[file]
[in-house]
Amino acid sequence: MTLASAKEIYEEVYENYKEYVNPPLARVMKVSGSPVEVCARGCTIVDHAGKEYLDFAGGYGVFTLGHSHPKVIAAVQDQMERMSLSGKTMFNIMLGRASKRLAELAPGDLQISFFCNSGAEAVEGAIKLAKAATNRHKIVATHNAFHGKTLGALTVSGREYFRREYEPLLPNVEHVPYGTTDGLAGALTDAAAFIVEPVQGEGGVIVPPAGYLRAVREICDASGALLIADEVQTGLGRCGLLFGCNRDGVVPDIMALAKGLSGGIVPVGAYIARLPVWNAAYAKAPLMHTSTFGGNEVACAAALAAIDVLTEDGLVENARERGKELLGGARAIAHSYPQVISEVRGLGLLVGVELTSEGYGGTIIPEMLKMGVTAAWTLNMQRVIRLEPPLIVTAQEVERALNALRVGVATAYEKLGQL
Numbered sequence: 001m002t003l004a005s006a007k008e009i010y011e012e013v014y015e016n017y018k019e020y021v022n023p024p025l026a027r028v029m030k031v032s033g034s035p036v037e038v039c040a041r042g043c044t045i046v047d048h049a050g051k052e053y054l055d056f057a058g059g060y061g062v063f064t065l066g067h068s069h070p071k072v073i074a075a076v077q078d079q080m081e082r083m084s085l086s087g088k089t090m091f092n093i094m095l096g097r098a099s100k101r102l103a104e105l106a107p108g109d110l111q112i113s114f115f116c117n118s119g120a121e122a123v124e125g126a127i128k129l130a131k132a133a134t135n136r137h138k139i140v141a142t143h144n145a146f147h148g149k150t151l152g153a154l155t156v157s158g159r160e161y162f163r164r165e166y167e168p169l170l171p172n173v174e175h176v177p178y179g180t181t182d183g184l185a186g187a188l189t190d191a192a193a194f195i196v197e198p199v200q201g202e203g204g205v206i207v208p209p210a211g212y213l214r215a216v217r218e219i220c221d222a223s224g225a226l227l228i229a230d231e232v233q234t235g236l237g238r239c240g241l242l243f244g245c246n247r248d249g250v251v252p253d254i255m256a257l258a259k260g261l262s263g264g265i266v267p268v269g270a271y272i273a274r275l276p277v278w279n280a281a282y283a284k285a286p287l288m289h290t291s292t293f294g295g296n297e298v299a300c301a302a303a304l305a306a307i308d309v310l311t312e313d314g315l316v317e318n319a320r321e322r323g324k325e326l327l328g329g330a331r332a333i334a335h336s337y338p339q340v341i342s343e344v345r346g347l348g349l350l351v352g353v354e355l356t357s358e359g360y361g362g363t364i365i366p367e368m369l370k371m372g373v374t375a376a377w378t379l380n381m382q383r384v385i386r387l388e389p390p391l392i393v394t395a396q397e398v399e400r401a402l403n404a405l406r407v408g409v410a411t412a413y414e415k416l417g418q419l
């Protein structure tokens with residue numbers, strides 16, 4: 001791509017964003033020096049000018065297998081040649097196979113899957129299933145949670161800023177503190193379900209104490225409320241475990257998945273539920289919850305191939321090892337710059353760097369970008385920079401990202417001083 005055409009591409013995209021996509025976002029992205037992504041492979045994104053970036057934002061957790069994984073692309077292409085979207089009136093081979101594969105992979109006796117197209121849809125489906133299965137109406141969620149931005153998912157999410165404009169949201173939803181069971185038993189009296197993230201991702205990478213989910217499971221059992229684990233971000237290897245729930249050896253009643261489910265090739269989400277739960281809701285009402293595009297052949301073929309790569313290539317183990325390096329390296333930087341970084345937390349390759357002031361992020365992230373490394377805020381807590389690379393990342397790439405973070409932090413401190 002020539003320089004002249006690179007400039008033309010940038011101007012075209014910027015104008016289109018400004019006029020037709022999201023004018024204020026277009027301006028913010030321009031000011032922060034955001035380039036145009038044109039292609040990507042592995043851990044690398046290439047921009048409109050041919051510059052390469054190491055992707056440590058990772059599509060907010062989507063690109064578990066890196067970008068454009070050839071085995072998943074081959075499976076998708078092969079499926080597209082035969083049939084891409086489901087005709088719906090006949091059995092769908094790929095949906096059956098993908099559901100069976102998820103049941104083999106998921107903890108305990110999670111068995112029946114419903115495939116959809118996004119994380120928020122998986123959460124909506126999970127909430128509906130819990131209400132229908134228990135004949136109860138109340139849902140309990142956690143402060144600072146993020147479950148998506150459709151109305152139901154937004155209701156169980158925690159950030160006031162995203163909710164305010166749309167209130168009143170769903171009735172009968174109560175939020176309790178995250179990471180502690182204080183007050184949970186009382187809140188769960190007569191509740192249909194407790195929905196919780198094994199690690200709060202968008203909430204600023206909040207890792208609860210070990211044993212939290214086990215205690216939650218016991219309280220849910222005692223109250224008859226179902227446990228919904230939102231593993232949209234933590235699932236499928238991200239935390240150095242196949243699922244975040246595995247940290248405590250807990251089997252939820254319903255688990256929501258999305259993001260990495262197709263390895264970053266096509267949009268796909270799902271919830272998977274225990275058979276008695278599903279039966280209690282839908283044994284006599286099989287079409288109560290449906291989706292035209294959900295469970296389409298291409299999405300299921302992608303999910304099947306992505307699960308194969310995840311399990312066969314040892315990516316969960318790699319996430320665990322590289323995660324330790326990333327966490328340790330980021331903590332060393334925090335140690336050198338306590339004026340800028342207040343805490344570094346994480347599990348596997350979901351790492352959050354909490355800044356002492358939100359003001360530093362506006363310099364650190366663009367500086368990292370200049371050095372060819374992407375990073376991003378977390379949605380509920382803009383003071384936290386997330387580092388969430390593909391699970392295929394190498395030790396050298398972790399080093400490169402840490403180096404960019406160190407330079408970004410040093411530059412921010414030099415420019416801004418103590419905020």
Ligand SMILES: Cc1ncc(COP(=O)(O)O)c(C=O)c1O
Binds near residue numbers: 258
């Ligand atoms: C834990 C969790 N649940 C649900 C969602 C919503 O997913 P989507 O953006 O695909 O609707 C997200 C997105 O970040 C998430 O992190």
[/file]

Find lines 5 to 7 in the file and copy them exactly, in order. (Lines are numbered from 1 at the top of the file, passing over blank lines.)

Ligand SMILES: Cc1ncc(COP(=O)(O)O)c(C=O)c1O
Binds near residue numbers: 258
């Ligand atoms: C834990 C969790 N649940 C649900 C969602 C919503 O997913 P989507 O953006 O695909 O609707 C997200 C997105 O970040 C998430 O992190």